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Comment on “Ducklings imprint on the relational concept of ‘same or different’”

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Science  24 Feb 2017:
Vol. 355, Issue 6327, pp. 806
DOI: 10.1126/science.aah6047


Martinho and Kacelnik’s (Reports, 15 July 2016, p. 286) finding that mallard ducklings can deal with abstract concepts is important for understanding the evolution of cognition. However, a statistically more robust analysis of the data calls their conclusions into question. This example brings to light the risk of drawing too strong an inference by relying solely on P values.

Martinho and Kacelnik (1) report that mallard ducklings are capable of learning the concepts of “same” and “different.” Ducklings were exposed just after birth to a pair of identical objects, generating a high-fidelity imprinting response. When tested 30 min later, a majority of ducklings followed a novel pair of identical objects more often than a novel pair of nonidentical objects. The opposite relationship held for other ducklings exposed to a pair of nonidentical objects during the imprinting period.

Martinho and Kacelnik computed a 0.0001 probability of obtaining by chance only (the null hypothesis) a difference between the two main conditions at least as large as the observed one. This P value was interpreted, following common practice, as strong (highly significant) evidence in favor of the alternative hypothesis (the learning of relational concepts). However, P values do not indicate the probability of alternative hypotheses, especially a specific one (2, 3). Moreover, they are conditional to the specifications of the model and its implementation (the assumptions required to analyze the data, discussed below). We show that other, arguably more accurate, choices of data analysis were possible. All of them lead to higher P values, possibly raising up to P = 0.37 the probability of obtaining the observed difference by chance. Moreover, even overall deviations from chance could be accounted for by other hypotheses than abstraction, such as the imprinting of low-level visual features for some of the tested configurations of object pairs.

Many recommendations have been suggested to face the present crisis of replicability and credibility in life science (4). Making the data available, as done by Martinho and Kacelnik, is commendable because it allows the reinterpretation of the data considering different hypotheses. Psychologists recommend the abandonment of the logic of P values and instead interpret confidence intervals (CIs) (5). Here, we show that CI interpretations are indeed less sensitive to specific analysis choices and are therefore consistent across different analyses, in the sense that they reveal the large magnitude of uncertainty conveyed by the present data.

Three steps in the analysis of the duckling’s data could be reconsidered.

First, each duckling had to be assigned a preference for a pair of objects. Martinho and Kacelnik counted the number of times each duckling followed each pair and scored as preferred the stimulus that commanded at least one more approach than the other stimulus. Instead, we reclassified ducklings using a statistical threshold to quantify each bird’s behavior relative to chance, whatever the total number of approaches. We obtained much higher P values than those reported (Table 1) (Martinho and Kacelnik also observed that criteria of 5 and 10 more approaches reduced statistical significance). If combining all data (assuming that the difference in proportions of imprinted behavior observed in both experiments could have been obtained by chance: a chi-square test yielded P = 0.39), there is a 1% chance of obtaining the present result if the null hypothesis is in fact true (100 times more than what was reported by Martinho and Kacelnik). Because our classification criterion (P < 0.05) was arbitrary and repeated 117 times across both experiments, a number of categorizations were likely false positives. To keep the family-wise error below 5%, we can apply the Bonferroni correction (i.e., using P < 0.05/117). This analysis suggests that the results of both experiments could be obtained by chance, as well as the combined data (P = 0.18). Such a strict criterion, however, also entails excluding, by lack of power, truly choosing ducklings (false negative categorizations in unknown proportion). Figure 1A displays the full range of results when varying the criterion systematically (gray dots).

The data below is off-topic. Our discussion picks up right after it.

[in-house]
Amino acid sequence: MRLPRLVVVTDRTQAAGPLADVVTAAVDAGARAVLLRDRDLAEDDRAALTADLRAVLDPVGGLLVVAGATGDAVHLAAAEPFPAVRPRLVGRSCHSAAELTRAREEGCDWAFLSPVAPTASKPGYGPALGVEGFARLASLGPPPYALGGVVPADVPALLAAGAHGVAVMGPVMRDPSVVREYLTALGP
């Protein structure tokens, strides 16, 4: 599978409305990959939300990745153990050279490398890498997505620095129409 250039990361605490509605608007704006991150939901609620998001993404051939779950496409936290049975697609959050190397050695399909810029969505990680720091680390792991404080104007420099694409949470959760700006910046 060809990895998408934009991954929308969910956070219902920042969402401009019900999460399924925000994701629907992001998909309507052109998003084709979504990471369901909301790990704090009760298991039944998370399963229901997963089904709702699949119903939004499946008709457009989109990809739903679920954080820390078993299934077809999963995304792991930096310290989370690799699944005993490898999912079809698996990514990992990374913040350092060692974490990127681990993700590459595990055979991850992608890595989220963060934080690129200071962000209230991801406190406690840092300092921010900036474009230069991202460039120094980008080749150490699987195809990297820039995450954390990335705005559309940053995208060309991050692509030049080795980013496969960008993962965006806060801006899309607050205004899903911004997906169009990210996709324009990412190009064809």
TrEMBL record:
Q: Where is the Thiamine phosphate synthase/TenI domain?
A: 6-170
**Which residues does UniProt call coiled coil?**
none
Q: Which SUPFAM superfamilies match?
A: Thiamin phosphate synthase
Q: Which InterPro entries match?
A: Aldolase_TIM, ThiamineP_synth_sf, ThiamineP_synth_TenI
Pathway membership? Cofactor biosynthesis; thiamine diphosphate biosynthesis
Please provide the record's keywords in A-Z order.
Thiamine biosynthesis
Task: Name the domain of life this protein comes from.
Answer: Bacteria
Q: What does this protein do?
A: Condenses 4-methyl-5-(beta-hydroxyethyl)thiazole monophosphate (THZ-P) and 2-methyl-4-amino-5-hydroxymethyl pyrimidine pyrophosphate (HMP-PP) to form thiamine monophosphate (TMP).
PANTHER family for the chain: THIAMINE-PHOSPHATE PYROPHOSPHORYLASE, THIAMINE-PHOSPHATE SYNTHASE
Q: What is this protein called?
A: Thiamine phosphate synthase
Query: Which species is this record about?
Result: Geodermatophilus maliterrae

Table 1 Categorization of behavior using a statistical criterion (P < 0.05).

The behavior of each duckling was reclassified using a statistical criterion. For example, S04 followed the imprinted pattern 44 times and the novel one 19 times. Such a difference is unlikely to occur by chance (P = 0.002, two-tailed binomial test), so we considered, like Martinho and Kacelnik (they used the criterion 44 > 19) that S04 had displayed the imprinted behavior. Another duckling, S11, followed the imprinted pattern 20 times and the novel one 35 times. Such a difference is more likely to occur by chance (P = 0.058), so we considered that S11 had no preference, unlike Martinho and Kacelnik, who considered that S11 had preferred the novel pair (20 < 35). With fewer than five approaches (birds excluded by the authors), the behavior could never reach significance. The P values and 95% CI for the percentage of birds preferring the imprinted rather than the novel stimuli (last two columns of the table) were computed using the exact two-tailed binomial test. A 95% CI should be interpreted to indicate that if the exact same experiment was repeated a sufficient number of times, 95% of the samples would include the “true” value within their 95% CI. Like a P value, a particular CI does not allow any probability statement on the true value, because any new experiment would yield a new CI. It does indicate, though, the approximate range of possible true values compatible with the data sample. For experiment 1 (“shapes”), the results for subgroups are detailed (Martinho and Kacelnik kindly provided the information that the animals numbered 1 to 18 in their supplementary table belonged to subgroup 1 and animals 19 to 36 belonged to subgroup 2).